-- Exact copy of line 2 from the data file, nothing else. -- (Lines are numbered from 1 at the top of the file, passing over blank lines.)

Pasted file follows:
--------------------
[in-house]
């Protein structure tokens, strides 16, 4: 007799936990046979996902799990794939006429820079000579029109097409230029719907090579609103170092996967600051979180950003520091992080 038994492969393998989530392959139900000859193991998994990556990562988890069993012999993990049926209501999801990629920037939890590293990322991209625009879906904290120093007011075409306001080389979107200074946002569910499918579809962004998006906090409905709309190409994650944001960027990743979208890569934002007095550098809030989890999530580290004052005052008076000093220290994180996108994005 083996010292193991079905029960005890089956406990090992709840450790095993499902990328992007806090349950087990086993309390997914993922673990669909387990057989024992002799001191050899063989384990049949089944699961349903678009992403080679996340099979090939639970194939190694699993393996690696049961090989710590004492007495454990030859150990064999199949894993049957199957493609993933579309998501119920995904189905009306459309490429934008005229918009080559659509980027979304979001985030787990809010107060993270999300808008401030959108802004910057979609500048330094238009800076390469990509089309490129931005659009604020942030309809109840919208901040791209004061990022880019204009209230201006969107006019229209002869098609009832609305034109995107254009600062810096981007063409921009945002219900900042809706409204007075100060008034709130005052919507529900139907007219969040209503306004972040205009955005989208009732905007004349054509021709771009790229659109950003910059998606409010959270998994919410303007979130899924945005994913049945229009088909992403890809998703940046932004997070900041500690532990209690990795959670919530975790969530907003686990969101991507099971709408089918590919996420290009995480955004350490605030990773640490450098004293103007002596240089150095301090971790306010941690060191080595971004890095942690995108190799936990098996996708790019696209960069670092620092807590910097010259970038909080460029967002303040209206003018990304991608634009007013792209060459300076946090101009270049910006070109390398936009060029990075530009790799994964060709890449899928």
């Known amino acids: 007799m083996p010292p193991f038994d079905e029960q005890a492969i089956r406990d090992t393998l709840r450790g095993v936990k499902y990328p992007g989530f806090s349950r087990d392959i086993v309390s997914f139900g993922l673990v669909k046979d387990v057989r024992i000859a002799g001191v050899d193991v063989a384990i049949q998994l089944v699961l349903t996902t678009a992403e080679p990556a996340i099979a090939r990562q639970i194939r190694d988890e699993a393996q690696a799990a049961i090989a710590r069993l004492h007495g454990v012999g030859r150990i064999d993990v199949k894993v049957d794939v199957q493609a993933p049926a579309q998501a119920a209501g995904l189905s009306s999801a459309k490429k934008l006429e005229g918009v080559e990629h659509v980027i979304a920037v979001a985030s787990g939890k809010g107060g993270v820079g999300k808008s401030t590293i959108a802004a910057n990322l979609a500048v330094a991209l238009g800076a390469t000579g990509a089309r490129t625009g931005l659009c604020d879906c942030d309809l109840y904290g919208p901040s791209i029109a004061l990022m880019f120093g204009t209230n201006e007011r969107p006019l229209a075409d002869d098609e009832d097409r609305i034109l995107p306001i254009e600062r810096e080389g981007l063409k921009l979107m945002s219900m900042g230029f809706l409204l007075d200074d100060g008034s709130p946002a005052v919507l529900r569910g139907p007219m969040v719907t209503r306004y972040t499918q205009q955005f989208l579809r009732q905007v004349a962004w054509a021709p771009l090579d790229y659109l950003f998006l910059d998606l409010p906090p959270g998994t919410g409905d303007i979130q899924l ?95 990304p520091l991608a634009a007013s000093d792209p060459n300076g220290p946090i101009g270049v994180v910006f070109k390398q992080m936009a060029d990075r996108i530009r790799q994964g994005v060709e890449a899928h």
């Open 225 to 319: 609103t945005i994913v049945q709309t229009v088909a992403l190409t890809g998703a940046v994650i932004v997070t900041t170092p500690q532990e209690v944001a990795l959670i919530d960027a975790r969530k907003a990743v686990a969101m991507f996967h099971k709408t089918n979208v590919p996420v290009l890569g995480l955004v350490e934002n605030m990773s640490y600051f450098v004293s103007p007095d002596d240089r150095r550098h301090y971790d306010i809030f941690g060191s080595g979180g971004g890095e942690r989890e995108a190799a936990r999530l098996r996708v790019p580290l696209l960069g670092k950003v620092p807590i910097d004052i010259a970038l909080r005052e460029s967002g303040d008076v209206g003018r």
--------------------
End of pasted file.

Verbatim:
């Protein structure tokens, strides 16, 4: 007799936990046979996902799990794939006429820079000579029109097409230029719907090579609103170092996967600051979180950003520091992080 038994492969393998989530392959139900000859193991998994990556990562988890069993012999993990049926209501999801990629920037939890590293990322991209625009879906904290120093007011075409306001080389979107200074946002569910499918579809962004998006906090409905709309190409994650944001960027990743979208890569934002007095550098809030989890999530580290004052005052008076000093220290994180996108994005 083996010292193991079905029960005890089956406990090992709840450790095993499902990328992007806090349950087990086993309390997914993922673990669909387990057989024992002799001191050899063989384990049949089944699961349903678009992403080679996340099979090939639970194939190694699993393996690696049961090989710590004492007495454990030859150990064999199949894993049957199957493609993933579309998501119920995904189905009306459309490429934008005229918009080559659509980027979304979001985030787990809010107060993270999300808008401030959108802004910057979609500048330094238009800076390469990509089309490129931005659009604020942030309809109840919208901040791209004061990022880019204009209230201006969107006019229209002869098609009832609305034109995107254009600062810096981007063409921009945002219900900042809706409204007075100060008034709130005052919507529900139907007219969040209503306004972040205009955005989208009732905007004349054509021709771009790229659109950003910059998606409010959270998994919410303007979130899924945005994913049945229009088909992403890809998703940046932004997070900041500690532990209690990795959670919530975790969530907003686990969101991507099971709408089918590919996420290009995480955004350490605030990773640490450098004293103007002596240089150095301090971790306010941690060191080595971004890095942690995108190799936990098996996708790019696209960069670092620092807590910097010259970038909080460029967002303040209206003018990304991608634009007013792209060459300076946090101009270049910006070109390398936009060029990075530009790799994964060709890449899928």